The Burmese foreign minister said on Wednesday that the United States wanted to find new ways to bolster “pressure” on the Burmese military junta, as despite sanctions already in place, the situation had “worsened” since the military coup.
Anthony Blinken admitted during a press conference in the Malaysian capital of Kuala Lumpur, in response to a question about the apparent lack of sanctions, the Americans, “Ten months have passed since the military coup, and the crisis has only worsened.”
“It will be very important in the coming weeks and months to seek complementary measures and actions that we can take individually and collectively to pressure the system so that the country can rediscover the democratic path,” he added, without specifying the nature. of new sanctions.
The foreign minister, on a regional tour, called for the “five-point consensus” to be “implemented”, the roadmap drawn up in April by the Association of Southeast Asian Nations (ASEAN) to help restart dialogue and facilitate access for member states. Humanitarian aid to this country.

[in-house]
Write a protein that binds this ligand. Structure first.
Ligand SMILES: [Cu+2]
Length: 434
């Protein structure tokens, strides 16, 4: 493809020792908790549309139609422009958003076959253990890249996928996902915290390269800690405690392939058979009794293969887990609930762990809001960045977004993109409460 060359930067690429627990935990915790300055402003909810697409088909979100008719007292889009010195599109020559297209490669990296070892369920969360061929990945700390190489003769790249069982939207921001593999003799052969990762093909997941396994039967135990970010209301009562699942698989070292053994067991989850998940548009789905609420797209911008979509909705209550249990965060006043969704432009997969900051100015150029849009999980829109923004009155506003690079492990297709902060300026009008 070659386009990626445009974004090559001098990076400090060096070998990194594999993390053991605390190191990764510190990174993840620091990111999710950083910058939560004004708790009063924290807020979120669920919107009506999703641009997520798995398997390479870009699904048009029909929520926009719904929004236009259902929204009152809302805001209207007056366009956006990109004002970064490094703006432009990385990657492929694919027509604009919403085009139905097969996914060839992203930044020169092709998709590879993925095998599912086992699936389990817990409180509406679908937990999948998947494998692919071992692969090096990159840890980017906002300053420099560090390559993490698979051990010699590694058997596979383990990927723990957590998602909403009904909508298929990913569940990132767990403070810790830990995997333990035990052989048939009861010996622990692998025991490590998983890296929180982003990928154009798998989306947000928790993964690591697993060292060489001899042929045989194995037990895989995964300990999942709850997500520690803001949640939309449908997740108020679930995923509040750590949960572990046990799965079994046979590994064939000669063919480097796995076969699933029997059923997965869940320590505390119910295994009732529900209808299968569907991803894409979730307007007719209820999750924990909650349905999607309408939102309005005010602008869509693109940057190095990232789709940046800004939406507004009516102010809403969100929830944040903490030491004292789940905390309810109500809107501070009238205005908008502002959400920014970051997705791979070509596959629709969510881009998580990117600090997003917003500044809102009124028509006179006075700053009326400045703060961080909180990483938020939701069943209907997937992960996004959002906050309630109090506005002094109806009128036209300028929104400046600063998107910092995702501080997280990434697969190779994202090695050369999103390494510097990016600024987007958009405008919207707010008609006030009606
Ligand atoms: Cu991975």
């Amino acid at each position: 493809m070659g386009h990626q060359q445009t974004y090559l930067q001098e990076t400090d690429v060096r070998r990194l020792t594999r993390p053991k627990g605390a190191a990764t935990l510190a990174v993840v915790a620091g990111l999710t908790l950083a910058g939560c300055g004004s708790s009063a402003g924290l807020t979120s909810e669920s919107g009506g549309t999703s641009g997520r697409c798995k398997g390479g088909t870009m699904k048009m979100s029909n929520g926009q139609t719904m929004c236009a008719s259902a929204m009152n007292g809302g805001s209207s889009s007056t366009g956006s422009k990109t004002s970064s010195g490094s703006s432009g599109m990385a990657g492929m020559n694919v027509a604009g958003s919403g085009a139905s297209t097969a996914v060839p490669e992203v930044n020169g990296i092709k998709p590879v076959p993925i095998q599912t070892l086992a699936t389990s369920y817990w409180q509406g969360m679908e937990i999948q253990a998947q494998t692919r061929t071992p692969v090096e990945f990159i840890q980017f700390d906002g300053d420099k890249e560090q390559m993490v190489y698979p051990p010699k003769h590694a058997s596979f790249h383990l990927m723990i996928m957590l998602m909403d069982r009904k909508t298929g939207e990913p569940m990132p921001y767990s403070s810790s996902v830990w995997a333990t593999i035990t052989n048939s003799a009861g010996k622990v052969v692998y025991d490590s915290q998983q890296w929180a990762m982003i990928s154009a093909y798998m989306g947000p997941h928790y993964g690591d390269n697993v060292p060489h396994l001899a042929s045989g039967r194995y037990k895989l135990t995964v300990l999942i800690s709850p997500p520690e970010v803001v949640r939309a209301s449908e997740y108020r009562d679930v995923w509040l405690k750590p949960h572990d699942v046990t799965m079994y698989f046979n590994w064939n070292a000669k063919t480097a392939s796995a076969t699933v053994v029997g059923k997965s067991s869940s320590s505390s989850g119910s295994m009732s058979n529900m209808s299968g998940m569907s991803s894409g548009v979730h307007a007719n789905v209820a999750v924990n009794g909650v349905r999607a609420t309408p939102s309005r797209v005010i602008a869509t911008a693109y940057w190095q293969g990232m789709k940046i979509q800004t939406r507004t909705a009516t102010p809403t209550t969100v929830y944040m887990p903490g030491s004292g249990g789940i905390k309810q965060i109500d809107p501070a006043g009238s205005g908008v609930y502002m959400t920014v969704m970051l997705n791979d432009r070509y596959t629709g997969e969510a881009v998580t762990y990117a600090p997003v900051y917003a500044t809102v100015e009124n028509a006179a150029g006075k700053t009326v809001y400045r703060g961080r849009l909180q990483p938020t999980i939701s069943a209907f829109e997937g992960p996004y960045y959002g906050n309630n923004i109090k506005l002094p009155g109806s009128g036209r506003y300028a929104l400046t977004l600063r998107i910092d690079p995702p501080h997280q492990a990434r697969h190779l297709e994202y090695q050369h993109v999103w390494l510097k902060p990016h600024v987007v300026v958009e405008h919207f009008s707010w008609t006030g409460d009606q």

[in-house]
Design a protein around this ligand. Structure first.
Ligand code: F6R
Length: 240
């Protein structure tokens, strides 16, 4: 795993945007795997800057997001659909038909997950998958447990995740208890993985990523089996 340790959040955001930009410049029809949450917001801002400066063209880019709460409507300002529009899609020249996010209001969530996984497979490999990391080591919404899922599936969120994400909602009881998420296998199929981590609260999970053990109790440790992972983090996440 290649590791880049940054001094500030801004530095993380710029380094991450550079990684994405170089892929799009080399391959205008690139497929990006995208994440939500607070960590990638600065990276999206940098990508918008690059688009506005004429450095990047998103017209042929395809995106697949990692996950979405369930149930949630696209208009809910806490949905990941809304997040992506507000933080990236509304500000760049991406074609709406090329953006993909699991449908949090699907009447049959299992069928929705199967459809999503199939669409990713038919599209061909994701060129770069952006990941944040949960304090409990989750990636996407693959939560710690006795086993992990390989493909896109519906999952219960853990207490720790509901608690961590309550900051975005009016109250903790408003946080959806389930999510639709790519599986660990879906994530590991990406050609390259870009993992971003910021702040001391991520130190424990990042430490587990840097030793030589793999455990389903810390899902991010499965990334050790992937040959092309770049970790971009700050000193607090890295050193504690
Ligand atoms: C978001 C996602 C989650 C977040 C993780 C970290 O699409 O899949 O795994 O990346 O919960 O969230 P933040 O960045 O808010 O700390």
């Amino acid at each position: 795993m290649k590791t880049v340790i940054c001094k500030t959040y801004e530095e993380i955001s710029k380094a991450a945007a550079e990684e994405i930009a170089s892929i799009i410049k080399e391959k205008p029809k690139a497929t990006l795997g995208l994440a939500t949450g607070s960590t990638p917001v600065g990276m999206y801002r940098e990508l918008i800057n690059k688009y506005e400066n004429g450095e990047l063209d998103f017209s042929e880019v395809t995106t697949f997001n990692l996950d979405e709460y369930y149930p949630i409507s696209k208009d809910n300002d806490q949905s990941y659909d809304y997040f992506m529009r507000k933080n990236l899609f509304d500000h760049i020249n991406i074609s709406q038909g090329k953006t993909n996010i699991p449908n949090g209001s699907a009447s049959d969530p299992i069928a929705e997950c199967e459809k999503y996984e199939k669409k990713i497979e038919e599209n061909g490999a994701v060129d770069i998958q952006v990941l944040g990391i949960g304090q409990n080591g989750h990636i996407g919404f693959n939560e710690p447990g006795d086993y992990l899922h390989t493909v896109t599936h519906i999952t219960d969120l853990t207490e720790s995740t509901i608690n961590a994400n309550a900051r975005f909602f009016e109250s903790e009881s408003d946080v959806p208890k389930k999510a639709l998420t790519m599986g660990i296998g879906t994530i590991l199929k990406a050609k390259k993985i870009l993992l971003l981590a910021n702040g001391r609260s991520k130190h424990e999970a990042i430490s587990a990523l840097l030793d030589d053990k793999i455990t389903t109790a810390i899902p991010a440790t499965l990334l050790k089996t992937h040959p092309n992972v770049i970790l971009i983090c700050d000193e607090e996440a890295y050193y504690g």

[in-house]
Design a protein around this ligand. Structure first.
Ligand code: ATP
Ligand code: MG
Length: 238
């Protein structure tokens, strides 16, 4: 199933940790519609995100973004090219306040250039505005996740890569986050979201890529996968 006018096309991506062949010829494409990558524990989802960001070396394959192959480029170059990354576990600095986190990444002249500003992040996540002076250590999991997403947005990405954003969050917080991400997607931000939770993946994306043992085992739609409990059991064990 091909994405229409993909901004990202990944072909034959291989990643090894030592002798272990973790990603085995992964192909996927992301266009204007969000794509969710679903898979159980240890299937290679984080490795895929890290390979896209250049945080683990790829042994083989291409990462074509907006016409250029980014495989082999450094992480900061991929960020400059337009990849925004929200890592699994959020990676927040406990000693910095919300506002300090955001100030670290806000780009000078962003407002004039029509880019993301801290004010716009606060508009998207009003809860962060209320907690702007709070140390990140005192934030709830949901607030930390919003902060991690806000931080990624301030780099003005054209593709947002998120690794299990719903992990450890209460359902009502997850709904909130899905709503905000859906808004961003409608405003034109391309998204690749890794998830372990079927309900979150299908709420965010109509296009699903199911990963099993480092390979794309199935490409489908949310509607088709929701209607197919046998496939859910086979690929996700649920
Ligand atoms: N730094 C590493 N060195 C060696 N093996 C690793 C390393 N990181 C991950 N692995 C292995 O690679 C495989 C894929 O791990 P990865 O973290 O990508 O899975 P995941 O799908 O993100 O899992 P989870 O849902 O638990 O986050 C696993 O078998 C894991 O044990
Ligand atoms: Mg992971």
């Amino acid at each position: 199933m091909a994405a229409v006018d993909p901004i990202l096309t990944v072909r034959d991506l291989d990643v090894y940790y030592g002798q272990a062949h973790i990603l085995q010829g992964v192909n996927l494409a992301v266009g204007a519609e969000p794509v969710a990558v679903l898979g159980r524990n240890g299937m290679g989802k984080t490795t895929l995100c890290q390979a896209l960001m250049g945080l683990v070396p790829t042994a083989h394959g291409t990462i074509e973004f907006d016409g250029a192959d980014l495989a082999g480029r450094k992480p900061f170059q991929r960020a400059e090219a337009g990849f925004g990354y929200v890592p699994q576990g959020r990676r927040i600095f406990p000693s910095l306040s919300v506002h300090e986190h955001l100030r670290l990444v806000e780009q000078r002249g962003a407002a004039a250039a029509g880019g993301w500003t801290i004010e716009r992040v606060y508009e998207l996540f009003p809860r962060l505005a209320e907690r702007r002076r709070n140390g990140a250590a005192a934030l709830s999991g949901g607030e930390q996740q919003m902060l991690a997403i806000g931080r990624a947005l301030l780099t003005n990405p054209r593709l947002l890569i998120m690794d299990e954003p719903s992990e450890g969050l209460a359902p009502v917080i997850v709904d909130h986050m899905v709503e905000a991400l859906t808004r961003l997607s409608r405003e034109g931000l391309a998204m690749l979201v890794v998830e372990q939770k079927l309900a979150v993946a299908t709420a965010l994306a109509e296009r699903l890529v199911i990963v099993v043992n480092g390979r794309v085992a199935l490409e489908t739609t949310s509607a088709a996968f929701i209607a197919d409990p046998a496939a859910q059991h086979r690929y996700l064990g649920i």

After a decade of democratic lapse, Burma is once again under military rule after the February 1 coup against the civilian government led by Nobel Peace Prize laureate Aung San Suu Kyi.
The maneuver sparked strong protests and civil disobedience, to which the army responded with severe repression, with more than 1,300 killed since February, according to a local organization.
The Burmese military is also suffering from a 2017 crackdown on the Rohingya Muslim minority, which displaced 850,000 people into neighboring Bangladesh.
Blinken said the United States is studying “very actively at this time” the crimes the military has accused against the Rohingya to determine “whether they constitute genocide.”
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